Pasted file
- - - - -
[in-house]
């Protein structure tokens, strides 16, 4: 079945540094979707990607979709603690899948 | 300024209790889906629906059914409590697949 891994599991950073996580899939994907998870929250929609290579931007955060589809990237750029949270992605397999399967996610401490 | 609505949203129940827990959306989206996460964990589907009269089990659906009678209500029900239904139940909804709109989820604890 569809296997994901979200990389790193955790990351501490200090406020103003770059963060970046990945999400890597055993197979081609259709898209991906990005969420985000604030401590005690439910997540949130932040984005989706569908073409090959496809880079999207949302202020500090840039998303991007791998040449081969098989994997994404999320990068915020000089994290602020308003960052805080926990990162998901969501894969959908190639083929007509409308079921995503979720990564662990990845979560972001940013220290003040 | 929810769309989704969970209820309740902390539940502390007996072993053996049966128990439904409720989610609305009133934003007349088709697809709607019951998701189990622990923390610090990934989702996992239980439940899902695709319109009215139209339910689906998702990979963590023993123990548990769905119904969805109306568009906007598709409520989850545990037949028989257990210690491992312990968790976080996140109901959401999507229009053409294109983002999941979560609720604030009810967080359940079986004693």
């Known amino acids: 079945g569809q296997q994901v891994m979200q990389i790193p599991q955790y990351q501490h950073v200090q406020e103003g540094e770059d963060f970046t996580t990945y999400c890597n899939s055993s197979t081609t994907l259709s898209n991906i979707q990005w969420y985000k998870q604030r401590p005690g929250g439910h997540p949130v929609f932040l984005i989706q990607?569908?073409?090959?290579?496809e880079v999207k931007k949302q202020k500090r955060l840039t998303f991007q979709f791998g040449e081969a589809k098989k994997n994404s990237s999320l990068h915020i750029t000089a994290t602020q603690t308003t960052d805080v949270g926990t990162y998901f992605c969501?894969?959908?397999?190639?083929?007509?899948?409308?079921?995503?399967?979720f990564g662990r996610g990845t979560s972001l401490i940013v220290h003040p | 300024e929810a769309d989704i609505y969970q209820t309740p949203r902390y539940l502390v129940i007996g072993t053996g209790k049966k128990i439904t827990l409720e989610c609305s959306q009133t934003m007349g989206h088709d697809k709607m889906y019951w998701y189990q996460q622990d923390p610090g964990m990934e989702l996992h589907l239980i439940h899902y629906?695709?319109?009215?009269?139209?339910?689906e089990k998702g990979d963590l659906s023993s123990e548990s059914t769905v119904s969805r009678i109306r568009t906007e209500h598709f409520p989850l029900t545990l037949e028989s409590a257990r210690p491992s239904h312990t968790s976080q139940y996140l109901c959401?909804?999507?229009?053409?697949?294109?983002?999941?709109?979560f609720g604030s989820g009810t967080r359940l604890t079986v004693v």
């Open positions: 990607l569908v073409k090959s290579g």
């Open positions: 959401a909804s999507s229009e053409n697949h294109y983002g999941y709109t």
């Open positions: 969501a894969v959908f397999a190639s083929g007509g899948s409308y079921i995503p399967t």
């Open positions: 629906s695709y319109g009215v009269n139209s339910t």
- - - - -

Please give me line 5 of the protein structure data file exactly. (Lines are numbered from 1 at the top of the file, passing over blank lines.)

């Open positions: 959401a909804s999507s229009e053409n697949h294109y983002g999941y709109t």